I found that I couldn’t do Brush Knee With a Twist Step (which happens twice), without doing Step Block Punch, which is complicated and has taken me a couple of tries to get something readable/interpretable.
The key was to acknowledge the slight turn which nonetheless faces the practitioner slightly southwest. Call it south-southwest. Except, even now, I’m not sure that this is right. It was a devil of a set of movements to try to capture — the left leg steps on brush knee with twist step, and then steps four times in Step Block Punch: first right foot, then left foot, then right foot, then left foot. How does one represent that effectively?
The poem for Brush Knee is also complicated. Here’s why:
Now, with your right foot anchored to the floor,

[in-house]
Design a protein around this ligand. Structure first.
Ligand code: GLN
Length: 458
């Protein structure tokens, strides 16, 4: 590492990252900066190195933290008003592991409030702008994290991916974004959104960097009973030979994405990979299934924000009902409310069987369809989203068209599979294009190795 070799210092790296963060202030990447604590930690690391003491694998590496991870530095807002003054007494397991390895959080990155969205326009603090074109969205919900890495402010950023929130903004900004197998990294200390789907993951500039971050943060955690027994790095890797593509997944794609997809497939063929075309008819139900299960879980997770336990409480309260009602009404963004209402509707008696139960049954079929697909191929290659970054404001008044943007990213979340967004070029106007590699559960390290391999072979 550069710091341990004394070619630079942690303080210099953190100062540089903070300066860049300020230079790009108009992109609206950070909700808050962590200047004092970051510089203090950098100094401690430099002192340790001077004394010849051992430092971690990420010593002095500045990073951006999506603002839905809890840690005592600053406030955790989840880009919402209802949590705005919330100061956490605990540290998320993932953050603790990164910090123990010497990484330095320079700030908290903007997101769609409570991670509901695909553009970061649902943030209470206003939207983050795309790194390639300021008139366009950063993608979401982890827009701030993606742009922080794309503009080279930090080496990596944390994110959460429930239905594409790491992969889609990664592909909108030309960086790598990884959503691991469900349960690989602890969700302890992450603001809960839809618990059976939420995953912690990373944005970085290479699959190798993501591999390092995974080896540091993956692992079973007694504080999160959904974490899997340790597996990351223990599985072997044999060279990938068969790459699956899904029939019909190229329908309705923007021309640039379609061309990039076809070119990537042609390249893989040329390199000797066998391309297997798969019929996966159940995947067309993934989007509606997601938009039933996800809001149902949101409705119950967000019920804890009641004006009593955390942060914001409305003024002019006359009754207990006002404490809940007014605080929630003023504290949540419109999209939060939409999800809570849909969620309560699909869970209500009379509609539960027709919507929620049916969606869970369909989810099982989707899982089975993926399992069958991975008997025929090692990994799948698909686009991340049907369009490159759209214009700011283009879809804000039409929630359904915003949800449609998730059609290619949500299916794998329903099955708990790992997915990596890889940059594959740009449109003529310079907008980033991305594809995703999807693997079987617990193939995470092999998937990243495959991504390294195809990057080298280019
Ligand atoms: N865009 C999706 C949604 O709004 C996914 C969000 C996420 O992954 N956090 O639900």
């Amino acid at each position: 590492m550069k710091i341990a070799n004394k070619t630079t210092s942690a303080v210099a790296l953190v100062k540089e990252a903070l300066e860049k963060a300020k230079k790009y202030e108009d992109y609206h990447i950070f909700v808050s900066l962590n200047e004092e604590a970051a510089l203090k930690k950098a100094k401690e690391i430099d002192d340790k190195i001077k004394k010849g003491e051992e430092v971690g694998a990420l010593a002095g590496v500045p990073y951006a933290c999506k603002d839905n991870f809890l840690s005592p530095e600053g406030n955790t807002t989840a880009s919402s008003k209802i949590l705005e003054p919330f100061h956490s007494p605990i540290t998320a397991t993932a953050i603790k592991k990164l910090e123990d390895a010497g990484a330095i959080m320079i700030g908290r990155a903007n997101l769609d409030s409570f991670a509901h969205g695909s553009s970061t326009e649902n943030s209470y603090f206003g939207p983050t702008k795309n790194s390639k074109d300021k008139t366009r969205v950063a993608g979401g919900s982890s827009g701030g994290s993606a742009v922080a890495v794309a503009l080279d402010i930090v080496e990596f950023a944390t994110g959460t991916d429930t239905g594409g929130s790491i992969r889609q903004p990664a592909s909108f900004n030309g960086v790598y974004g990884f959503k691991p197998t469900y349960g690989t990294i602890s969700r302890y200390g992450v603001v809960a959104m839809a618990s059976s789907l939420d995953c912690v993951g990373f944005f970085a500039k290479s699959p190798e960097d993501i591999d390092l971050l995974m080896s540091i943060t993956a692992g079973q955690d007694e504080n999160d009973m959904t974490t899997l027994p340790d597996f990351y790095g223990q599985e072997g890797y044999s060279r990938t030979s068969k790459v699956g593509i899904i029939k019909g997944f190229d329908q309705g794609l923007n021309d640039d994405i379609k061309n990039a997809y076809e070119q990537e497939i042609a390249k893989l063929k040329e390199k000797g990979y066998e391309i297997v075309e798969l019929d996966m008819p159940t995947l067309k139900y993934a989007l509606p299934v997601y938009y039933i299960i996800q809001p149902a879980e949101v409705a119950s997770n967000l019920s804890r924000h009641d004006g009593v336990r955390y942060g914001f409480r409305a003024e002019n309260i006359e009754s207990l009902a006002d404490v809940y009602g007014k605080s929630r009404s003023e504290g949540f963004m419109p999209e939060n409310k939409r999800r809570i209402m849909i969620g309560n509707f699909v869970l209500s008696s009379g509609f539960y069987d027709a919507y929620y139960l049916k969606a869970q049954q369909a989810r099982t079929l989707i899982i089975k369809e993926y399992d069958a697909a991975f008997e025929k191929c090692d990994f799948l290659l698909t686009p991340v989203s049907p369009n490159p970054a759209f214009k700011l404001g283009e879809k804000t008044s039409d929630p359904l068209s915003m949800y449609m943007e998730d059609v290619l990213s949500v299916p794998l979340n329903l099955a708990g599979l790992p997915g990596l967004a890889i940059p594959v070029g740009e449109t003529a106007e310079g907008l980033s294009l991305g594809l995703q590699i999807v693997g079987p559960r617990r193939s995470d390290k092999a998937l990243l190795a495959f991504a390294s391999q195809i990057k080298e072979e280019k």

pull left and right hands away to the right.
Imagine, if you can, there is a door
just in front of you, and you must now fight
through that narrow gate. Let your left hand sweep
across the left thigh to defend the knee
as your left foot steps. Your right hand will keep
pushing forward — and though the hand is free,
the right arm transmits the left foot’s pressure.
Shift all your weight from right foot to left sole,
fit through the narrow door: golden treasure
lies beyond! Balance your weight, become whole
with left and right heels equally grounded
and your trunk on left and right defended.
All this stuff about golden treasure, and balanced weight, and passing through the narrow gate… yeah. For what amounts to a step forward, a low sweep with the left hand and a punch with the right. Except… the NEXT poem is tomorrow’s movement: Grab the Needle on the Sea Floor. Which means there’s a missing poem. And this explains why it was so difficult for me to draw out this sequence. I’ve not tried to explain it in words yet. It’s not there. Oops.
Tomorrow will be a writing day, clearly, rather than a diagram. I have make-up homework, apparently.